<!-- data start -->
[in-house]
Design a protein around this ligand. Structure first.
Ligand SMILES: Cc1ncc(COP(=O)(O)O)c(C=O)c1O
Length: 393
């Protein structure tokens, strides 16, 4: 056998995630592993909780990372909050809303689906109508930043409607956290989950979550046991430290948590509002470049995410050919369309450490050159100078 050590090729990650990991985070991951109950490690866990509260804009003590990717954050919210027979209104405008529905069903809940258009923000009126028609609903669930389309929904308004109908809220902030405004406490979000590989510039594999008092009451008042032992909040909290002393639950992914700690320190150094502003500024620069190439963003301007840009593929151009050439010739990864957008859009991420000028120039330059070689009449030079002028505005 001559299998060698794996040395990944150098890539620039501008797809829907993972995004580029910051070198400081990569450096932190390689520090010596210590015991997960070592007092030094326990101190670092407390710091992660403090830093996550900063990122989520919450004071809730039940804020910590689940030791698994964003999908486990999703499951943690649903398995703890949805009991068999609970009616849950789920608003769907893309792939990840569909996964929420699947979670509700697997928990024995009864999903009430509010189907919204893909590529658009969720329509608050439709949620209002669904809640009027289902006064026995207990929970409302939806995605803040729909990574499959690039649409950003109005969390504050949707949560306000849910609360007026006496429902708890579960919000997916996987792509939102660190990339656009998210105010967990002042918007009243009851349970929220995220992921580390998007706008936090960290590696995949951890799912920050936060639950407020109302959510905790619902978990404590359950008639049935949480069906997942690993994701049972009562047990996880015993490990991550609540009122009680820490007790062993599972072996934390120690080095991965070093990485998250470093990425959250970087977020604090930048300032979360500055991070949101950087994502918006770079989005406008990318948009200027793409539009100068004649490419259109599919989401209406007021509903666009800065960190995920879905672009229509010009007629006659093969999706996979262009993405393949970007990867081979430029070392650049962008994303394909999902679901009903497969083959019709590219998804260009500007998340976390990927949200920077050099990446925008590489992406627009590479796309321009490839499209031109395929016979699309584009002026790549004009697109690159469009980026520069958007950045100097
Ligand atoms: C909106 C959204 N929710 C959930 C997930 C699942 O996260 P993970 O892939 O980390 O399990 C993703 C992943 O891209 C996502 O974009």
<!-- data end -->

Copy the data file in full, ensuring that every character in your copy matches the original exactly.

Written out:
[in-house]
Design a protein around this ligand. Structure first.
Ligand SMILES: Cc1ncc(COP(=O)(O)O)c(C=O)c1O
Length: 393
């Protein structure tokens, strides 16, 4: 056998995630592993909780990372909050809303689906109508930043409607956290989950979550046991430290948590509002470049995410050919369309450490050159100078 050590090729990650990991985070991951109950490690866990509260804009003590990717954050919210027979209104405008529905069903809940258009923000009126028609609903669930389309929904308004109908809220902030405004406490979000590989510039594999008092009451008042032992909040909290002393639950992914700690320190150094502003500024620069190439963003301007840009593929151009050439010739990864957008859009991420000028120039330059070689009449030079002028505005 001559299998060698794996040395990944150098890539620039501008797809829907993972995004580029910051070198400081990569450096932190390689520090010596210590015991997960070592007092030094326990101190670092407390710091992660403090830093996550900063990122989520919450004071809730039940804020910590689940030791698994964003999908486990999703499951943690649903398995703890949805009991068999609970009616849950789920608003769907893309792939990840569909996964929420699947979670509700697997928990024995009864999903009430509010189907919204893909590529658009969720329509608050439709949620209002669904809640009027289902006064026995207990929970409302939806995605803040729909990574499959690039649409950003109005969390504050949707949560306000849910609360007026006496429902708890579960919000997916996987792509939102660190990339656009998210105010967990002042918007009243009851349970929220995220992921580390998007706008936090960290590696995949951890799912920050936060639950407020109302959510905790619902978990404590359950008639049935949480069906997942690993994701049972009562047990996880015993490990991550609540009122009680820490007790062993599972072996934390120690080095991965070093990485998250470093990425959250970087977020604090930048300032979360500055991070949101950087994502918006770079989005406008990318948009200027793409539009100068004649490419259109599919989401209406007021509903666009800065960190995920879905672009229509010009007629006659093969999706996979262009993405393949970007990867081979430029070392650049962008994303394909999902679901009903497969083959019709590219998804260009500007998340976390990927949200920077050099990446925008590489992406627009590479796309321009490839499209031109395929016979699309584009002026790549004009697109690159469009980026520069958007950045100097
Ligand atoms: C909106 C959204 N929710 C959930 C997930 C699942 O996260 P993970 O892939 O980390 O399990 C993703 C992943 O891209 C996502 O974009």